“I was aware of two kinds of power I could access as a female. There was the kind of power women got from being sexually desired, and the kind women got from being sexually invisible—that is, the power in attracting men, and the power in being free of men.”
This quote from Danzy Senna’s essay, To Be Real, on identity politics and feminism struck a chord with me. In a recent class session, I found myself identifying what I now consider to be a perverted attitude from my childhood and adolescence. I would consider myself to have been an almost “power hungry” child in my obsession to obtain respect from my parents and to be “grown up.” In this quest, I recognized the power that women could gain from sexuality and its exploitation.
I have a vivid memory from early adolescence of having a truck driver honk at me; it was my crowning moment. I had power; I had affirmation. I subtly rubbed it into my mother’s face; the day was coming soon where I would be on equal footing with her, something I had desired for years. I wouldn’t have this validation because of anything I did; this validation would come from my burgeoning sexuality and body that was valued by men. Men’s opinions of my and my mother’s beauty and sex appeal was the authority in our relationship. This realization, blossoming in my head shamefully in a classroom full of feminists, illuminated an essential question to the feminist identity that I hold. Senna calls this identity that she desires, one that is both fulfilling as a woman and embraces the power of sexuality while not indulging in men’s consumption of said power, “a place where I could wear lipstick and still be free.” How can I call myself a feminist when I still grapple with the hold that the male gaze has on my everyday life?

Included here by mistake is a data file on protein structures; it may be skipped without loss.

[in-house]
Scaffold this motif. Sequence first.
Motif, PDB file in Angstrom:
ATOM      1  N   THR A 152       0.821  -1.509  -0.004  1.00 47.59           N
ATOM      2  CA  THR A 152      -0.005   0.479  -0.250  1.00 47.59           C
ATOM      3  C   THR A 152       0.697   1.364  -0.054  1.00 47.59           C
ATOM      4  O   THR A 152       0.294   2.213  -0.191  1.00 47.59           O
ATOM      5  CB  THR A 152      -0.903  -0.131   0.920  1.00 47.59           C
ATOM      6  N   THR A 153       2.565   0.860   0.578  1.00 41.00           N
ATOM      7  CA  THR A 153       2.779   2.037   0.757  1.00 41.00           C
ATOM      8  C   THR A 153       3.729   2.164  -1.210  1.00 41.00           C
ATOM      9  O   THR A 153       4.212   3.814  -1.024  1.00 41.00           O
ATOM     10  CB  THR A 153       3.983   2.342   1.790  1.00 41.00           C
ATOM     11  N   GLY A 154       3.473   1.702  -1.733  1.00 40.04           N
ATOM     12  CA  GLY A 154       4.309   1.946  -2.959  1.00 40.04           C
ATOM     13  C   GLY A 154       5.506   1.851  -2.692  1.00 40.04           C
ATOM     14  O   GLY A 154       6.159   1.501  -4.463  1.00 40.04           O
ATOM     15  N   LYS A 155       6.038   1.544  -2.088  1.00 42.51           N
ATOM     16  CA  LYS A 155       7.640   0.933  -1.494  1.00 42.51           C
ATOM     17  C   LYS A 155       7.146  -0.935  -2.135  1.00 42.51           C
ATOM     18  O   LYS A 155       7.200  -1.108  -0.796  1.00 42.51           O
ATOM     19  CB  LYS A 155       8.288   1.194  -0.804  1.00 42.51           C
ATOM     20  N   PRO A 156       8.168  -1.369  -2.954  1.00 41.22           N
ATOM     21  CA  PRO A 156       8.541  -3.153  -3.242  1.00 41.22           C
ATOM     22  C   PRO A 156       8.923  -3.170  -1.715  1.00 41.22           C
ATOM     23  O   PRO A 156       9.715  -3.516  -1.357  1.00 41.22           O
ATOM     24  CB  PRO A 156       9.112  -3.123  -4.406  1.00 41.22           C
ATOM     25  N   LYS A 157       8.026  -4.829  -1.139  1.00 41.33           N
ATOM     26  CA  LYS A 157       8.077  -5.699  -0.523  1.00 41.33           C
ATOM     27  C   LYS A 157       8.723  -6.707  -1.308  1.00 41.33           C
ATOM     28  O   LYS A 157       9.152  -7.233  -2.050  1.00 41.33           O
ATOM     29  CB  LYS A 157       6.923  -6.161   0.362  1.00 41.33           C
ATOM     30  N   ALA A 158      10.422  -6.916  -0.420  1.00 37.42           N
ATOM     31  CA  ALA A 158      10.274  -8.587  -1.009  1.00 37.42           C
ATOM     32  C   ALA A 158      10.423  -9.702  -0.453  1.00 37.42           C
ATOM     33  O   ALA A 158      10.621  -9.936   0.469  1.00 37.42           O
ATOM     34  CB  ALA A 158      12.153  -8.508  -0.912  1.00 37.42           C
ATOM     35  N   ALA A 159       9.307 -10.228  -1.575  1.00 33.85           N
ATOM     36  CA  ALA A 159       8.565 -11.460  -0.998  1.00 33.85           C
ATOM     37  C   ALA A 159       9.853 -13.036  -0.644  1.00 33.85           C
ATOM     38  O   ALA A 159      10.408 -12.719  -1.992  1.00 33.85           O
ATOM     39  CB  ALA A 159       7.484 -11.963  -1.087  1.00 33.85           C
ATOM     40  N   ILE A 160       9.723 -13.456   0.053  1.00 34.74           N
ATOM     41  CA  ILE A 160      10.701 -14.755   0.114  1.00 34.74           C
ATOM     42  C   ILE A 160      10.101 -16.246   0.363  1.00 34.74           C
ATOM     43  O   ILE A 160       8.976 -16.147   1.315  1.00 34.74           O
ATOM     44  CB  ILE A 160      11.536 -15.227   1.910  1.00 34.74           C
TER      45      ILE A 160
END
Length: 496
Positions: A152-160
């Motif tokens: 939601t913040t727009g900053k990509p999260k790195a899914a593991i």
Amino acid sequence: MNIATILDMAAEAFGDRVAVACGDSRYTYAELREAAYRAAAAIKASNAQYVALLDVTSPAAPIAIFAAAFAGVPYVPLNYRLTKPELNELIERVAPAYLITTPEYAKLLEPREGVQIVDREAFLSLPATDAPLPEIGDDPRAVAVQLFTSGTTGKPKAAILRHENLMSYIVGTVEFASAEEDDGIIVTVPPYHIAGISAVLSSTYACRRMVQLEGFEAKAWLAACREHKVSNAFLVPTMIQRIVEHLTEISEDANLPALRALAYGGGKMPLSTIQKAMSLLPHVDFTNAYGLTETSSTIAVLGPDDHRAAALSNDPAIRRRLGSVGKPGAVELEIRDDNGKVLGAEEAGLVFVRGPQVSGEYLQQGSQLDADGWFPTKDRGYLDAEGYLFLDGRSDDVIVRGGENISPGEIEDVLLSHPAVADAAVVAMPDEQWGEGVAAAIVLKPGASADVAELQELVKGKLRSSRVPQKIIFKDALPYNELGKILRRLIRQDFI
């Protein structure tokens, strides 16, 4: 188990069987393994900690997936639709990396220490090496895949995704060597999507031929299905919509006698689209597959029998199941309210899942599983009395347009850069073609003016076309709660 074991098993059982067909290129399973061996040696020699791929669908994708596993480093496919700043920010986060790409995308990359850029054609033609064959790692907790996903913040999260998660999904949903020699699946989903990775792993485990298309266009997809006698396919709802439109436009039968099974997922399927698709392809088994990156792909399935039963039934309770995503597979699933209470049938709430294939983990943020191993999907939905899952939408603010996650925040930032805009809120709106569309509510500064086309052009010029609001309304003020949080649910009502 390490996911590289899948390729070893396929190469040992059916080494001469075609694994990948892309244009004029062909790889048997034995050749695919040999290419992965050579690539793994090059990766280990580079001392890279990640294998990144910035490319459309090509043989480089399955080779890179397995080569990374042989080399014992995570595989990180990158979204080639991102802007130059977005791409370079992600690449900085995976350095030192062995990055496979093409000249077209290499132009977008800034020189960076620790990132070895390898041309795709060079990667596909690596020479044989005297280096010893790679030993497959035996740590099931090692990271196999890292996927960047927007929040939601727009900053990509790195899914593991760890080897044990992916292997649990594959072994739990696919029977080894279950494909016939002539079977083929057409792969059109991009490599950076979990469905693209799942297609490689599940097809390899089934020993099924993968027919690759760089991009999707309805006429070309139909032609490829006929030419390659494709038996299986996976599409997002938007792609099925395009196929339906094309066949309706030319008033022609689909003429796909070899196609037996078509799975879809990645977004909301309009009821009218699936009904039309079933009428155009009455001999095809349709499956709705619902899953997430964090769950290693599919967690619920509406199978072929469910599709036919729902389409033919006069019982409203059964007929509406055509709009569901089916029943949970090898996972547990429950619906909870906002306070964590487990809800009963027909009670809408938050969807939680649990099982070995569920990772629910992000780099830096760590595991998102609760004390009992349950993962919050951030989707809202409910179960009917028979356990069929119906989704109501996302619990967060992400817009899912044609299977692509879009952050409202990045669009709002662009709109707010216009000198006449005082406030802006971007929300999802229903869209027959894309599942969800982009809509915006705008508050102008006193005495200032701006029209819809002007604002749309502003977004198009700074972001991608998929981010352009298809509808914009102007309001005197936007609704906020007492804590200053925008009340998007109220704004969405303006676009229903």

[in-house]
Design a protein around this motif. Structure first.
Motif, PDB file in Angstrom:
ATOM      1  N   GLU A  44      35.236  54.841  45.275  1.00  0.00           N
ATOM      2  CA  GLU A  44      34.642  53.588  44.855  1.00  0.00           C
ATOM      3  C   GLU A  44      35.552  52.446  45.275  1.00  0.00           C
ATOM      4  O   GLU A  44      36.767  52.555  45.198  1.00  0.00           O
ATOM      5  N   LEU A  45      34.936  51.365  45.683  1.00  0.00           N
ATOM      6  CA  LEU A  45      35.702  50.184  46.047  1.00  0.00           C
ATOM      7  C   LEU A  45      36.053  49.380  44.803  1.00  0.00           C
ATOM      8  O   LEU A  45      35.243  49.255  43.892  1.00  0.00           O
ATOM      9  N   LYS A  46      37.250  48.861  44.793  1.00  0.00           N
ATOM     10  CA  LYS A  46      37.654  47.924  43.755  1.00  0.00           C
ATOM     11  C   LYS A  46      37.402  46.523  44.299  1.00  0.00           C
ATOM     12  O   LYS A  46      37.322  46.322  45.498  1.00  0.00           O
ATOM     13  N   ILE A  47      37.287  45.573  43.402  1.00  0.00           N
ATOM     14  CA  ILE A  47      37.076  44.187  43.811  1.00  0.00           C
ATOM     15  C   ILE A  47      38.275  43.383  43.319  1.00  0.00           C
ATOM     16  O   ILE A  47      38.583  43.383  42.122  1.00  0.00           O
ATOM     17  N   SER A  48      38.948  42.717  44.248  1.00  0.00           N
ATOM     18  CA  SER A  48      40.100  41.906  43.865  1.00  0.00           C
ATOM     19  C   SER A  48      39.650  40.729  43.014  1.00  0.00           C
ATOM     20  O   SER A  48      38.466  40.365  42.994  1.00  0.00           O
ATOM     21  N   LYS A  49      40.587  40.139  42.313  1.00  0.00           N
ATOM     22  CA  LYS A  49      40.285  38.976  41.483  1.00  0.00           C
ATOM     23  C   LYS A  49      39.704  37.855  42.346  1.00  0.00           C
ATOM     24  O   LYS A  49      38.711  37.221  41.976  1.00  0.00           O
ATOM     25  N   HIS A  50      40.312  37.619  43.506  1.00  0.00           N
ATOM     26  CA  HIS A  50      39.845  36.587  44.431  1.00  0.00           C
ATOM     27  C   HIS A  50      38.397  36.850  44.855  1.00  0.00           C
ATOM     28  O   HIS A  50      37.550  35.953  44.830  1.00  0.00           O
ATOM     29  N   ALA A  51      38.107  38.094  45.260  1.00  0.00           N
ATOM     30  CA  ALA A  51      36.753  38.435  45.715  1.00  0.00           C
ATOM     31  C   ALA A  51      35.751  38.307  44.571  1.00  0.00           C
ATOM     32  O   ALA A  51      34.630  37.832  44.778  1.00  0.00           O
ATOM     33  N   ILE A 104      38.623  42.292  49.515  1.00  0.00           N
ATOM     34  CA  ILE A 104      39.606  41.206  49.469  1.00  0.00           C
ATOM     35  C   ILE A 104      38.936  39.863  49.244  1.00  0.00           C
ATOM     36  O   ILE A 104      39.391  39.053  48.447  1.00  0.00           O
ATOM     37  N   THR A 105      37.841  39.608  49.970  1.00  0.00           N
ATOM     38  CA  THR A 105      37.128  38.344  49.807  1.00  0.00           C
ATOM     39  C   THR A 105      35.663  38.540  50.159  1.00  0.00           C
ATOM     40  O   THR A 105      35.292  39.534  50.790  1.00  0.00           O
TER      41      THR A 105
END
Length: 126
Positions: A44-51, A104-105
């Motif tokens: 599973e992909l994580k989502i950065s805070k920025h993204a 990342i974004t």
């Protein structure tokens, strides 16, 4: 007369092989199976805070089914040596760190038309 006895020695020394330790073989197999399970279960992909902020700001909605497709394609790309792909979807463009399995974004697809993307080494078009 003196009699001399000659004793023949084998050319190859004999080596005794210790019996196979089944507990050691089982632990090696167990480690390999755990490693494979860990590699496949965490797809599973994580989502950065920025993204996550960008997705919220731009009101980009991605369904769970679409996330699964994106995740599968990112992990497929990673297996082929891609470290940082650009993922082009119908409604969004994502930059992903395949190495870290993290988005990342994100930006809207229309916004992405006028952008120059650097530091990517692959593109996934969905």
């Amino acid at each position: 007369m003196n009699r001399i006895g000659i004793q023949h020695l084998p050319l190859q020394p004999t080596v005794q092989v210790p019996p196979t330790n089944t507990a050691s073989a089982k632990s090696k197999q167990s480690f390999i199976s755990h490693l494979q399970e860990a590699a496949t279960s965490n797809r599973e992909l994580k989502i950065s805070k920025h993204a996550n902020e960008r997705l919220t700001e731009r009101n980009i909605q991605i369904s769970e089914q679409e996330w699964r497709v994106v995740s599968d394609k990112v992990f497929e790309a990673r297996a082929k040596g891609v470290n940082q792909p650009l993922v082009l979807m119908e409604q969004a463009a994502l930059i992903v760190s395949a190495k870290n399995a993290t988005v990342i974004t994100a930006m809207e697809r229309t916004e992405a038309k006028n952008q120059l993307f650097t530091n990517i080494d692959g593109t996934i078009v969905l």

How can I call myself a feminist when the need for affirmation from the male gaze peering upon my young sexuality is a problem that I continue to struggle with to this day? Furthermore, how do I reconcile this problematic need and desire with the rhetoric of empowerment and choice in which I shroud this anxiety’s evil incarnation? This clash between philosophy and rhetoric and personal incarnations resulting from socialization is a frontier that feminism must face. Where the second wave imposed just another set of rules of what a woman should look like and do in order to be empowered, a disconnect formed between “feminists” and “women.” The third wave finds its strength in recognizing the interpersonal effects that feminists must face internally; spouting feminist philosophy does not grant one a pass from all of the effects of misogyny and societal gender roles.
Recognizing my own inner hang ups that stemmed from what I was taught at a young age about sex, beauty, and power did not weaken my identity or philosophy as a feminist. In fact, it strengthened it because I was no longer hiding from the problems behind an angry, militant “feminazi” wall that I had constructed. This acknowledgement of vulnerability is one of the reasons that I find third wave writing to be empowering.
The rejection of either forms of women’s power isolates women from one another. How can the cause of woman—her equality, her voice, her passion—advance when feminists claw at each other and fight over the power dichotomy that the patriarchy has convinced us that we must choose between? Feminism and the path to personal enlightenment in order to fight for equality must include the recognition of each individual’s experiences with internalized “isms.” Through this introspective path, vulnerability and variance give strength to women and their agenda.